The world is made up of two groups of people. People who think people can’t be reduced to types, and those who know they can.
The father of character typology was a philosopher with a name you probably haven’t come across: Theophrastus. He was the student, right-hand man and eventually the successor of Aristotle, yes, Aristotle! Theophrastus shared many of Aristotle’s interests but fewer of his works survive, which partly explains why he is less well known. Yet, two of his surviving works proved to be enormously influential: firstly, his studies of plants (which founded the entire science of botany), and secondly, his book of character types.
Theophrastus was an eminently practical and down-to-earth sort of philosopher with keen observational skills and a great sense of humour. If you had to choose someone to sit next to at a dinner party, Theophrastus would make a great choice.
If you were out and about in public with Theophrastus, he would be able to point to different character types, naming each type and giving you a detailed description of how each one typically speaks and behaves. Theophrastus identified thirty types in all, just from watching the citizens of ancient Athens going about their daily lives, and he describes these types in his work Characters. His descriptions are presented with cutting insight, conciseness and a good dose of humour.
What’s amazing is that these character types are still recognisable, from ancient Greek society to today. To demonstrate this, Lecturer and Convenor of Ancient Greek Dr Sonia Pertsinidis has assembled five types of friends you probably (most definitely) have.
Dr Pertsinidis’ new book is Theophrastus' Characters: A New Introduction, which will be launched at the ANU Classics Museum on Friday, 24 May.
Type 1: The Rumour-Monger
The Rumour-monger is the sort of friend who sees you and asks with a smile "Where have you been", and "What's news" and "How are you?" but before you can answer he butts in and says "Have I got some news for you!" Then, without giving you a chance to respond, he says "Haven't you heard? Well, I have a treat for you". And he tells you some made up, half-baked story that he heard from someone who heard it from someone else, so that you can't possibly verify the information. And if you ask him, "do you really believe this?" he'll say that he has it on excellent authority. And he adds "This is for your ears only" but of course, he has already told the same story to everyone he knows.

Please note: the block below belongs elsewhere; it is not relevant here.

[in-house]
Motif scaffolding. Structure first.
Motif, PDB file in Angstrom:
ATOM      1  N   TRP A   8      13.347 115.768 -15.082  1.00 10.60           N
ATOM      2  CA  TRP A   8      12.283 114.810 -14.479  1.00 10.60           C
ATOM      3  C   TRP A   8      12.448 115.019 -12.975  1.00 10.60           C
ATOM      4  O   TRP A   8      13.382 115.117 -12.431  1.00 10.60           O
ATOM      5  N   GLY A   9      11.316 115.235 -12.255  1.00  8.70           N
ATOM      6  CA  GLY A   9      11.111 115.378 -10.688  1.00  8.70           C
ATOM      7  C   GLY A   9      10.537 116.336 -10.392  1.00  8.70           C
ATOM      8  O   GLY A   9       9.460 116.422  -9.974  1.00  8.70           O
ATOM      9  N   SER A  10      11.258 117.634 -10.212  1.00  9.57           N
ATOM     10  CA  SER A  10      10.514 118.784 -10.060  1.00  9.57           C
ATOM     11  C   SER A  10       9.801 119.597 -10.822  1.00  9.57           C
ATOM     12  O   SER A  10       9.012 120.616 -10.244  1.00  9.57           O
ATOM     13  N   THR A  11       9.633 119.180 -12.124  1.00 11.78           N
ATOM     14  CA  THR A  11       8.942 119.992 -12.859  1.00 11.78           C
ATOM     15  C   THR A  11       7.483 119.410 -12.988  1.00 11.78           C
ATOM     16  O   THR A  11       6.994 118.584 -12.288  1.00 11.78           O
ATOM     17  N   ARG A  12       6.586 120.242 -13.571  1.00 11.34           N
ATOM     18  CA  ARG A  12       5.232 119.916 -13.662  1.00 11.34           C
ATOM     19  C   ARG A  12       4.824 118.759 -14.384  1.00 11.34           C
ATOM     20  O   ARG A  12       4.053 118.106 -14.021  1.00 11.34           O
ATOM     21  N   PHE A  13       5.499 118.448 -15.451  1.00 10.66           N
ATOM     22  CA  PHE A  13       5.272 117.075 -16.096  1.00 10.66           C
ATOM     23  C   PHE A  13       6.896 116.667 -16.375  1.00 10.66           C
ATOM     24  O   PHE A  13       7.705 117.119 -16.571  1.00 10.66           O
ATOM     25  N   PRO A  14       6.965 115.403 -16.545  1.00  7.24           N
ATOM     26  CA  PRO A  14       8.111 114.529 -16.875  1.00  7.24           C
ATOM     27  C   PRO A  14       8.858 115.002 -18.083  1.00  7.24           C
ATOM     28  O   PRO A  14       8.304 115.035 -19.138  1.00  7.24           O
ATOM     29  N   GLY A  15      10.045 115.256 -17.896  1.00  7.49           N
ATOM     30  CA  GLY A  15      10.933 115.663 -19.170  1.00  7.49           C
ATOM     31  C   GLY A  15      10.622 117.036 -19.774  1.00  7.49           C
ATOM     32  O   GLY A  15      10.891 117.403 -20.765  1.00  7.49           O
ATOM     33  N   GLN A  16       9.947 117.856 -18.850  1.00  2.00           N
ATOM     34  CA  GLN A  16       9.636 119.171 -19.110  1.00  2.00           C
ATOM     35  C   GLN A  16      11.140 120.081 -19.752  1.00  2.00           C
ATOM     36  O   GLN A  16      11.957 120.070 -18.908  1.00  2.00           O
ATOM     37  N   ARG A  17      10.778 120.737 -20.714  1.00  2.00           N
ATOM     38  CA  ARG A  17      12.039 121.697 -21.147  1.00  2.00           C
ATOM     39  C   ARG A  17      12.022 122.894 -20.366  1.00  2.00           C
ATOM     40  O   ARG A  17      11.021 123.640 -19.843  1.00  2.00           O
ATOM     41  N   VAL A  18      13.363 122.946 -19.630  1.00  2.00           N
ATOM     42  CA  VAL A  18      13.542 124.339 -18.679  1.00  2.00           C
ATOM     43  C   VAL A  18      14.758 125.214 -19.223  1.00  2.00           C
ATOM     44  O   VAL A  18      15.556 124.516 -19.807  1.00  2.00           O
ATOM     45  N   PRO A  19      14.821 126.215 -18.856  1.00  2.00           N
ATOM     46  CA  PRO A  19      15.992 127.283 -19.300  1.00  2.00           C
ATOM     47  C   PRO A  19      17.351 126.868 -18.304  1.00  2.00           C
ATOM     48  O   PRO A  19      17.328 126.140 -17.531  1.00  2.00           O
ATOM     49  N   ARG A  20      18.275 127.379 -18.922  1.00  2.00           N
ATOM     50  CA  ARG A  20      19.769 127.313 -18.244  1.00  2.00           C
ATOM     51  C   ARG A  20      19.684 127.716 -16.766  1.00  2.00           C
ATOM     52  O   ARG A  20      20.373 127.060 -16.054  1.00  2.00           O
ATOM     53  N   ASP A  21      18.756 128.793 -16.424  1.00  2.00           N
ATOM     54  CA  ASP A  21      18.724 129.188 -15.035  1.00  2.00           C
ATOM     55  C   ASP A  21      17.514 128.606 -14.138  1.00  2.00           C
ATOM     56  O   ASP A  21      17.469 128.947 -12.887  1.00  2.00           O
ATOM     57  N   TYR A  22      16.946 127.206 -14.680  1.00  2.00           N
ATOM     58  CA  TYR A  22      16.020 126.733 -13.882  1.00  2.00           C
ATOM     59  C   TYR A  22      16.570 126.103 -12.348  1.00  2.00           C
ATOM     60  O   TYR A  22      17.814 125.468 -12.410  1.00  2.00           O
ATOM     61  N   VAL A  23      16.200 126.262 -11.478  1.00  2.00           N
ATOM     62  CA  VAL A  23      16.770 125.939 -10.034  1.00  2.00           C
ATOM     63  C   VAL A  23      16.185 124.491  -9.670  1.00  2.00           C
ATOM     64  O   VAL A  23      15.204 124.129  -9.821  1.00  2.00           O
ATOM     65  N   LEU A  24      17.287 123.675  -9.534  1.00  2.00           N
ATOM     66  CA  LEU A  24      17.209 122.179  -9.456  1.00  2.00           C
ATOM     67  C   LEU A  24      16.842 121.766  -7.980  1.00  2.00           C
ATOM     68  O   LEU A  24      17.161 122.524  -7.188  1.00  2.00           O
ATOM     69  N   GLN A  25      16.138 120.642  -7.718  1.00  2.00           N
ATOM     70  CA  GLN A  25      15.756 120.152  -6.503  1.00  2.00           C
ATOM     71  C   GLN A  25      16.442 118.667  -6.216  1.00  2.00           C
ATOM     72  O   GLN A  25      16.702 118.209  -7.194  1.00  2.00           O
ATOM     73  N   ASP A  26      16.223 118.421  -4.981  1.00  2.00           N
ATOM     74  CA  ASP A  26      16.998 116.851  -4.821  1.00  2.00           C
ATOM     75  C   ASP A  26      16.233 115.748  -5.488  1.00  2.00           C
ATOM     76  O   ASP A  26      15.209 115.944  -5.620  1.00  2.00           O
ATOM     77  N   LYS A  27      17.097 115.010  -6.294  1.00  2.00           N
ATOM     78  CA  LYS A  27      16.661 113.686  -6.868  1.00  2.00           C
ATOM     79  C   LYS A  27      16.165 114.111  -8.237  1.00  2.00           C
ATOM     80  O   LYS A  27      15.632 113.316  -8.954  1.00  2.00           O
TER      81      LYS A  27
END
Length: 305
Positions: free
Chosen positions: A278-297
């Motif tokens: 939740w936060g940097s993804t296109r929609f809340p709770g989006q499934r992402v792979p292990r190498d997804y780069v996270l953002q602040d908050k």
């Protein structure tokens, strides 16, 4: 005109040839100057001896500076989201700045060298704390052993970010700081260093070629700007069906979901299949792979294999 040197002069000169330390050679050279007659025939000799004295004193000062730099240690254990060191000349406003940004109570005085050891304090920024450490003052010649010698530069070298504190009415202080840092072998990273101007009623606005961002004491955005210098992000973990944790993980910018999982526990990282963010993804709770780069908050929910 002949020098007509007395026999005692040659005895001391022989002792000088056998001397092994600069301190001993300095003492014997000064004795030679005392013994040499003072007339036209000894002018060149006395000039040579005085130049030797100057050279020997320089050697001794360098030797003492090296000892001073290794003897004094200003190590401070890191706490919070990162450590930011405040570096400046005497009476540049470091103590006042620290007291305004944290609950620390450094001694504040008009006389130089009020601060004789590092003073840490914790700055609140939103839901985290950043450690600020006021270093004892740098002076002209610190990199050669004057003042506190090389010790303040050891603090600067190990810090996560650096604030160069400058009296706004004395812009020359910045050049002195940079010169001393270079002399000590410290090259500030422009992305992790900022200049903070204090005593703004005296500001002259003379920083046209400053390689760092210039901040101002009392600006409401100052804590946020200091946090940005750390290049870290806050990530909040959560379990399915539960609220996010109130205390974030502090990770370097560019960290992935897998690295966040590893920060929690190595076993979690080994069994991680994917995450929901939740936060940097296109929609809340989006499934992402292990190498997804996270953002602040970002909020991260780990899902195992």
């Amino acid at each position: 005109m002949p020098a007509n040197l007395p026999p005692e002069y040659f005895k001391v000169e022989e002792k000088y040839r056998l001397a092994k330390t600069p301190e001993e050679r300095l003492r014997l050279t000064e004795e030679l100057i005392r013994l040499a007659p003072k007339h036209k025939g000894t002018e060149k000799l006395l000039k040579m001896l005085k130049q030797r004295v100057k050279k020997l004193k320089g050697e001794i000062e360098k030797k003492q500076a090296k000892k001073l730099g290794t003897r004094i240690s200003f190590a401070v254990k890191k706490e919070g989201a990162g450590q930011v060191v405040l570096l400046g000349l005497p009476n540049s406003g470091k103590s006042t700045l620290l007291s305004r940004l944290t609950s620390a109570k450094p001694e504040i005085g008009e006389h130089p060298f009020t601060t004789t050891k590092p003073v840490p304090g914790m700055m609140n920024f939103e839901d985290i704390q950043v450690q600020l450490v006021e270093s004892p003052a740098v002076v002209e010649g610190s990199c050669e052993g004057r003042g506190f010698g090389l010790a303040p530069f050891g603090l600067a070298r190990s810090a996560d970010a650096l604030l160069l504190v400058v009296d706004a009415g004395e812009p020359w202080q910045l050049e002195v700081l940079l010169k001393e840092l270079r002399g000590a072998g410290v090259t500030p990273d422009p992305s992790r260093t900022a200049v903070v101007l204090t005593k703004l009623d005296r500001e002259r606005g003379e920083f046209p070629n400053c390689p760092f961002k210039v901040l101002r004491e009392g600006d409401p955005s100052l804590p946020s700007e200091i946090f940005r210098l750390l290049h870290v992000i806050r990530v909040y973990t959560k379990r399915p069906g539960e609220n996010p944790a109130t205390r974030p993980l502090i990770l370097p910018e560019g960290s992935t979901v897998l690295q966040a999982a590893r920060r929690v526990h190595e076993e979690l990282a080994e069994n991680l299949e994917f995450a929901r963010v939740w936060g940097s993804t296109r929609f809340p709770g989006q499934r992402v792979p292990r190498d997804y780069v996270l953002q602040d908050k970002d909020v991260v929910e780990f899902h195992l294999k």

Type 2: The Boastful Man
The Boastful Man will stand around in busy places and talk loudly about his numerous foreign investments, and his vast money-lending business, and how much he has gained and lost, and while he is exaggerating this beyond all proportion his bank account is empty. He will talk about his trips to foreign cities and the precious items he brought home, even though he has never been out of his home city. He will approach people selling expensive goods and pretend that he is a customer. Although the house he lives in is rented he will tell the innocent listener that it belonged to his father and that he proposes to sell it because it is just too small for the scale of his hospitality.
Type 3: The Chatterbox
The Chatterbox is the sort who sits down next to a complete stranger and begins talking about his wife, and about the dream he had last night, and how people nowadays are not as good as they were in the old days, and about what is on sale at the market, and how we need more rain, and that life is hard, and how he threw up yesterday, and what day of the month it is, and the dates of all the holidays coming up. If you let him go on he will never stop.
Type 4: The Ungrateful Grumbler
The Ungrateful Grumbler is the sort who says to someone bringing food for him, “Why didn’t I get invited to dinner instead?” When his girlfriend is kissing him tenderly, he says to her “I wonder if you really do love me?” When it is raining, he complains that it did not rain sooner. If he finds money in the street, he says “But I have never found a wallet”. When his friends put together some money for him and one of them says “Cheer up” he answers, “How do you mean? When I have to refund every one of you and be grateful for the favour?”
Type 5: The Tactless Man
The Tactless Man is the sort who comes to have a long discussion with you when you are busy. He serenades his girlfriend when she is suffering from a fever. He approaches someone who has just taken on a big loan and asks him for money. He arrives to give evidence in court after the case is closed. As a guest at a wedding, he makes a speech against marriage. When you have just arrived home after a long journey, he invites you to go for a walk. He brings along a higher bidder when you have just sold the item. When the audience has got the point, he gets up to explain it to them all over again.
Read Dr Sonia Pertsinidis’s writings on her blog Aesop's Fox, and follow her on Twitter @aesopsfox1.